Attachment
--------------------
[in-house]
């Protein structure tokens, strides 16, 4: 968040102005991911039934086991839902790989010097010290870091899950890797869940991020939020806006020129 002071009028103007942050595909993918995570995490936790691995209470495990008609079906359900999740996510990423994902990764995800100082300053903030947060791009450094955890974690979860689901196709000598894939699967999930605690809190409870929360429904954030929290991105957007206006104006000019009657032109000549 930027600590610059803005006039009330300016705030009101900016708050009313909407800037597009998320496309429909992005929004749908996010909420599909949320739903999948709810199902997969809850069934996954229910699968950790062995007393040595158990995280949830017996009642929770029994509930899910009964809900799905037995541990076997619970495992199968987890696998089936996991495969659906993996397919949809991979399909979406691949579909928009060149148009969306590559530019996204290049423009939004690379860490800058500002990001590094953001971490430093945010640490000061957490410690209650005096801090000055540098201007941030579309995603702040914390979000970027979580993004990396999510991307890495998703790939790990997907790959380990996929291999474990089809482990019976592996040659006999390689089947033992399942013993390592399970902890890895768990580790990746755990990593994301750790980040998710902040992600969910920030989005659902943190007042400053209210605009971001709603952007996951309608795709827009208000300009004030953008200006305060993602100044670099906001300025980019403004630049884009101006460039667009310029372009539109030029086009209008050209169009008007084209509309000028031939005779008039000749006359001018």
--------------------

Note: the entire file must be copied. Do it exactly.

[in-house]
């Protein structure tokens, strides 16, 4: 968040102005991911039934086991839902790989010097010290870091899950890797869940991020939020806006020129 002071009028103007942050595909993918995570995490936790691995209470495990008609079906359900999740996510990423994902990764995800100082300053903030947060791009450094955890974690979860689901196709000598894939699967999930605690809190409870929360429904954030929290991105957007206006104006000019009657032109000549 930027600590610059803005006039009330300016705030009101900016708050009313909407800037597009998320496309429909992005929004749908996010909420599909949320739903999948709810199902997969809850069934996954229910699968950790062995007393040595158990995280949830017996009642929770029994509930899910009964809900799905037995541990076997619970495992199968987890696998089936996991495969659906993996397919949809991979399909979406691949579909928009060149148009969306590559530019996204290049423009939004690379860490800058500002990001590094953001971490430093945010640490000061957490410690209650005096801090000055540098201007941030579309995603702040914390979000970027979580993004990396999510991307890495998703790939790990997907790959380990996929291999474990089809482990019976592996040659006999390689089947033992399942013993390592399970902890890895768990580790990746755990990593994301750790980040998710902040992600969910920030989005659902943190007042400053209210605009971001709603952007996951309608795709827009208000300009004030953008200006305060993602100044670099906001300025980019403004630049884009101006460039667009310029372009539109030029086009209008050209169009008007084209509309000028031939005779008039000749006359001018």